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Simon Steensland - The Phantom of the Theatre CD (album) cover


Simon Steensland



2.37 | 8 ratings

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2 stars Even for fans of Simon Steenslands other albums, this album is a bit of an odd bird. It's not exactly a studio album, for the music contained on this disc was not written to be released as part of an album. Instead, the tracks here are collected as a representation of what Simon writes when he writes music for theater.

If you've heard any of Simon Steenslands other albums, you probably know that he tends to write music that is rather odd. Of course, he is listed under RIO/Avant so such is probably expected - but in reality, the stuff he is involved with are far from anything else I have heard to date. He is apparently all self taught both in playing and composing, and I think he is an artist where having an approach to music that he came up with on his own has really worked well.

Although this music is intended for the stage and is in many cases utilitarian - as he explains in the liner notes, some of the music is written to be played while the cast changes the set, etc. - there is still some really interesting things in here. They never quite go as far as his pure studio albums in terms of interestingness, and in terms of memorable moments I find a lot less contained on here. Still, the variety of sounds enclosed on here (even if some are far too short to really develop very far, with only 14 of the 36 tracks contained surpassing the 2 minute mark) does yield some interesting pieces.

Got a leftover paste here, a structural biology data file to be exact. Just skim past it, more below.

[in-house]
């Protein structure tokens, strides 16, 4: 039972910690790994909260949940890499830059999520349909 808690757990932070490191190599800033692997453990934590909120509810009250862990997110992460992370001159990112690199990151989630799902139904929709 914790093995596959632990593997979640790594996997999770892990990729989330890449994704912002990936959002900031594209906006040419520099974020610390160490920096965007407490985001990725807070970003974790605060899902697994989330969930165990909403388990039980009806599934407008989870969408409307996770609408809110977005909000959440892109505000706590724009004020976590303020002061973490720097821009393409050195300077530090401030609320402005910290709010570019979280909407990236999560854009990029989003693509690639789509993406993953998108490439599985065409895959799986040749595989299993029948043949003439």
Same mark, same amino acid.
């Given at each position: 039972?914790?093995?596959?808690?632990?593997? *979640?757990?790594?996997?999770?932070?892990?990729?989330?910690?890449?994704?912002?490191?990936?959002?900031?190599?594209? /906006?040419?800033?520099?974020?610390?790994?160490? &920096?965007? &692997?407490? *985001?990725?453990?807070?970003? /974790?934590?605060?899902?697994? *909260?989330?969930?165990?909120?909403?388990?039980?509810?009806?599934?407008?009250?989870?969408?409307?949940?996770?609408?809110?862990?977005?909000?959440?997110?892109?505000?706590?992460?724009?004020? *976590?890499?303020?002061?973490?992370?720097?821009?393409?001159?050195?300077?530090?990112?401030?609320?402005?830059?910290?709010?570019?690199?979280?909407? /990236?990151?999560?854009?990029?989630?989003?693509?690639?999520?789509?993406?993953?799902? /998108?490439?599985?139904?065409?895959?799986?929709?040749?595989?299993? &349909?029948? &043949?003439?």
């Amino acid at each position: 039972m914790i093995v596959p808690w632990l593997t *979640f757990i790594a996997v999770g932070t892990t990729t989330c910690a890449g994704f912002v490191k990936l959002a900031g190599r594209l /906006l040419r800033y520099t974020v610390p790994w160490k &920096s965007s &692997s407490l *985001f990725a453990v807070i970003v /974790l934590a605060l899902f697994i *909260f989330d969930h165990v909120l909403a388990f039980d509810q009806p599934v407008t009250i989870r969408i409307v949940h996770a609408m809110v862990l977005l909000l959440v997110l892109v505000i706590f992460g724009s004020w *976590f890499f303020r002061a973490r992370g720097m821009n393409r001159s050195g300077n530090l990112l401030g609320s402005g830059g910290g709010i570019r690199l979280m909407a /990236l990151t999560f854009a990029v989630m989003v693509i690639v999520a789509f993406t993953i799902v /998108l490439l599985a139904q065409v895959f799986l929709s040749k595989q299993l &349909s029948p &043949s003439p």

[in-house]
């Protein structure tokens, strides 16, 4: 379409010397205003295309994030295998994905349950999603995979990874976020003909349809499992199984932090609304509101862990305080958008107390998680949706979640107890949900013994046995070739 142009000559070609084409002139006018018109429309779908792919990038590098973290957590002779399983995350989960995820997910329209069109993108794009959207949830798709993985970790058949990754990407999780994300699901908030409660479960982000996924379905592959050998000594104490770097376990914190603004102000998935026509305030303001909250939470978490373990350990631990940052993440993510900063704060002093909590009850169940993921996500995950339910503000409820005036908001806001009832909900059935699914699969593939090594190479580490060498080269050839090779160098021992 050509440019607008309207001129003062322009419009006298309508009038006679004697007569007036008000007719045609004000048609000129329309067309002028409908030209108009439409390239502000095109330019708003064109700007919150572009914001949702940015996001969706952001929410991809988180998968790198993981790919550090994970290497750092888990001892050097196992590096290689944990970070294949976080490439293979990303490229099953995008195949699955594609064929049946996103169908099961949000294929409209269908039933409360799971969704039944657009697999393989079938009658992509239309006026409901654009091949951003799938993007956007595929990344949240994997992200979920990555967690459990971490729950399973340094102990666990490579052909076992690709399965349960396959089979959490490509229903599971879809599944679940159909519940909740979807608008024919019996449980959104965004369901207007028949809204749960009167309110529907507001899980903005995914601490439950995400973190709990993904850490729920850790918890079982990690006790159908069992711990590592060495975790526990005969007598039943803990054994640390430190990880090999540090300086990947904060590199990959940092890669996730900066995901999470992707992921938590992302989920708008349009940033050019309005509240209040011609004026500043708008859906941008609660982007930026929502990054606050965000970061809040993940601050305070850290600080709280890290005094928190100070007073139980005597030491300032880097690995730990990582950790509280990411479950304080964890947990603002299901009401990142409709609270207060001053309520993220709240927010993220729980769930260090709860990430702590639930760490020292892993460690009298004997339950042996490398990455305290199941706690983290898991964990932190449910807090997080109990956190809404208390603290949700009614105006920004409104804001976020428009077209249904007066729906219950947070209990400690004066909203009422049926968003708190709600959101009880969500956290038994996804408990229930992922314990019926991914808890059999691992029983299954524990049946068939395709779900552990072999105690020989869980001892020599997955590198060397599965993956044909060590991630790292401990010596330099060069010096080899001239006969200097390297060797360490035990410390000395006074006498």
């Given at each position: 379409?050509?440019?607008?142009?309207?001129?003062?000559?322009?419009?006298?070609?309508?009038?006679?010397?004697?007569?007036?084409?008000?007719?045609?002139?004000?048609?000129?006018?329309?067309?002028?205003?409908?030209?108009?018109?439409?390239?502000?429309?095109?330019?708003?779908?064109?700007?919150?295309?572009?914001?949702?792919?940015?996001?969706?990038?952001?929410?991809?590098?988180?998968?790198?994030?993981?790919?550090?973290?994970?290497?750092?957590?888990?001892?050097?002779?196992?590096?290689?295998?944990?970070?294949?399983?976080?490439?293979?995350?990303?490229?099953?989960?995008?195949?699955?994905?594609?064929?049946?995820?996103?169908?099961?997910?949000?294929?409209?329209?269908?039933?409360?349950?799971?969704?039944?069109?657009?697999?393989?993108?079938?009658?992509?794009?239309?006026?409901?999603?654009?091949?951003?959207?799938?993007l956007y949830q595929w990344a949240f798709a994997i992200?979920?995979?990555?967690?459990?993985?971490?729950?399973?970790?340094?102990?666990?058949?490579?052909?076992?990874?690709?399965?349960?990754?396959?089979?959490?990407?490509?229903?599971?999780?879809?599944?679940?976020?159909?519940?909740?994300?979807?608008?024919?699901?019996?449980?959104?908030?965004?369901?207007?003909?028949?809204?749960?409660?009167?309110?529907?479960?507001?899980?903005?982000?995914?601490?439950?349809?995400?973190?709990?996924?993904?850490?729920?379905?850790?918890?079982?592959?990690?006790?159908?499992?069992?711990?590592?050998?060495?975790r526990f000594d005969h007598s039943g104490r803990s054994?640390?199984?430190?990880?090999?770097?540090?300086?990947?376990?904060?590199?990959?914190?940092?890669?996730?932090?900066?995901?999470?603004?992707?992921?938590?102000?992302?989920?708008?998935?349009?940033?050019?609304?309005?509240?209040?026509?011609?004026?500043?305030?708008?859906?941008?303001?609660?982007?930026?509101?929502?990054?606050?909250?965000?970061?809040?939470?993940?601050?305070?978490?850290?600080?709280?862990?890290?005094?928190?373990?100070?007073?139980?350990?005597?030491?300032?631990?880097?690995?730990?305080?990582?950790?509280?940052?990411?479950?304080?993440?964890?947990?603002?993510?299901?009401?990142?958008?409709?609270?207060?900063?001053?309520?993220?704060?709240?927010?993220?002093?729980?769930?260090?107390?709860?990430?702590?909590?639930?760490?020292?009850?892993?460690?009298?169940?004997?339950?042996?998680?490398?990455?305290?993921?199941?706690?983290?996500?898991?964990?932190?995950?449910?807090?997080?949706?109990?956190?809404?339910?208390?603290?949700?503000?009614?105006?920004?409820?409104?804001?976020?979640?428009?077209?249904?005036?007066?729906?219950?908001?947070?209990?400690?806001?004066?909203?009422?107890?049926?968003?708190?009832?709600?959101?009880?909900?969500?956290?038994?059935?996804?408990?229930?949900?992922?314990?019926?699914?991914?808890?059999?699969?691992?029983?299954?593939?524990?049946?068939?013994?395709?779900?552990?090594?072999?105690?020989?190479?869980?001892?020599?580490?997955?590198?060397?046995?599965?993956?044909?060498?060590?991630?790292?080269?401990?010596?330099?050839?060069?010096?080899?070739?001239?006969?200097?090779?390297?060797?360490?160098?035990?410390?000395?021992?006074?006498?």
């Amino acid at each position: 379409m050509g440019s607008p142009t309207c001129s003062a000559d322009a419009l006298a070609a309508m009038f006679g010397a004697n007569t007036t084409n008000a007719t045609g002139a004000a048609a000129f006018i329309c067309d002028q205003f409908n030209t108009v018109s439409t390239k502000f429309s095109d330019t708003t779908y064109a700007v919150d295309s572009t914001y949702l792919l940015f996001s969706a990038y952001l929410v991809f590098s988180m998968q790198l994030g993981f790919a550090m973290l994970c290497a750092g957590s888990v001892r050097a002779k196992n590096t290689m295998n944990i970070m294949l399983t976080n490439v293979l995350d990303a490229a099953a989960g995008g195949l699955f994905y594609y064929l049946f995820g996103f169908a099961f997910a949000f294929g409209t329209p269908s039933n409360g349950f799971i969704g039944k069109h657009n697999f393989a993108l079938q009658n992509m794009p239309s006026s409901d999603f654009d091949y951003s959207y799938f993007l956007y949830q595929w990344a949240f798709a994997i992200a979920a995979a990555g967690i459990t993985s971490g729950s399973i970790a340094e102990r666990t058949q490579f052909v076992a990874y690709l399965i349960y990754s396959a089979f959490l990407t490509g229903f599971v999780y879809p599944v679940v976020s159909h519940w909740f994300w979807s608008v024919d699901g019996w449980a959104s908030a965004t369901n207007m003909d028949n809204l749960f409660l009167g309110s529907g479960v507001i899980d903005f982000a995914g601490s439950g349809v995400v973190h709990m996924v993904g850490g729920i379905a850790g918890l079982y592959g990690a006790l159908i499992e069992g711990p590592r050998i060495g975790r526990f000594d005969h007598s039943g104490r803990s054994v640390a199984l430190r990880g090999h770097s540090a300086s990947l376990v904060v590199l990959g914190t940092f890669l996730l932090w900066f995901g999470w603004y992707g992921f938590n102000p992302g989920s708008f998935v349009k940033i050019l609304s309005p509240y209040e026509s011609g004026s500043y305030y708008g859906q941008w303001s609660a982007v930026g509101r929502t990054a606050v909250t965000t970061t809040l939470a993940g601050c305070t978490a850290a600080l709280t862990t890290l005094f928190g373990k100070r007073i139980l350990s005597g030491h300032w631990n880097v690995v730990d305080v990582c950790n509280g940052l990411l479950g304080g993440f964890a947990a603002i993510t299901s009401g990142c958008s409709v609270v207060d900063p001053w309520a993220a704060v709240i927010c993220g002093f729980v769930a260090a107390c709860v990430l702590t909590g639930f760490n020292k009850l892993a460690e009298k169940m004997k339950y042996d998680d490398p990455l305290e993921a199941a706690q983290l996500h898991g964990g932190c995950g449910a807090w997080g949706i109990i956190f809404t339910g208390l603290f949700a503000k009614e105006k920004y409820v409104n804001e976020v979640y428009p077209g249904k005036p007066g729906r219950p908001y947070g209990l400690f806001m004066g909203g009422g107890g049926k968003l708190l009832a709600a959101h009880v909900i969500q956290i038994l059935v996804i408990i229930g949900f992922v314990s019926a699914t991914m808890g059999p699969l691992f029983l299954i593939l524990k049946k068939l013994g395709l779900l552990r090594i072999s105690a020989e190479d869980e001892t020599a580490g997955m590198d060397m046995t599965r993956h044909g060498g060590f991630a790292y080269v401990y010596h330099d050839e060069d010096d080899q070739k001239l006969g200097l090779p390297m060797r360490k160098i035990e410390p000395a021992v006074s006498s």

You do have to read along with the liner notes to understand what was happening when the music was playing though. As I have said, Simon's approach to music is quite unique and so there is very little that fits into the conventions one might expect from music that is intended to evoke specific emotions. The sad music, for example, would probably never be heard in Hollywood (for anything really).

Ultimately, the album does suffer from the mix of different music that appears on it. There really is very little cohesiveness to it; even music that comes from the same play, is often split apart on the album. Interesting themes often rely on fade outs instead of closing in more interesting ways. These weaknesses do bring down the value of this collection a decent amount.

This collection should be interesting to you if you are a fan of the man (as I am) or simply want to hear some unorthodox theatre music.

TheGazzardian | 2/5 |


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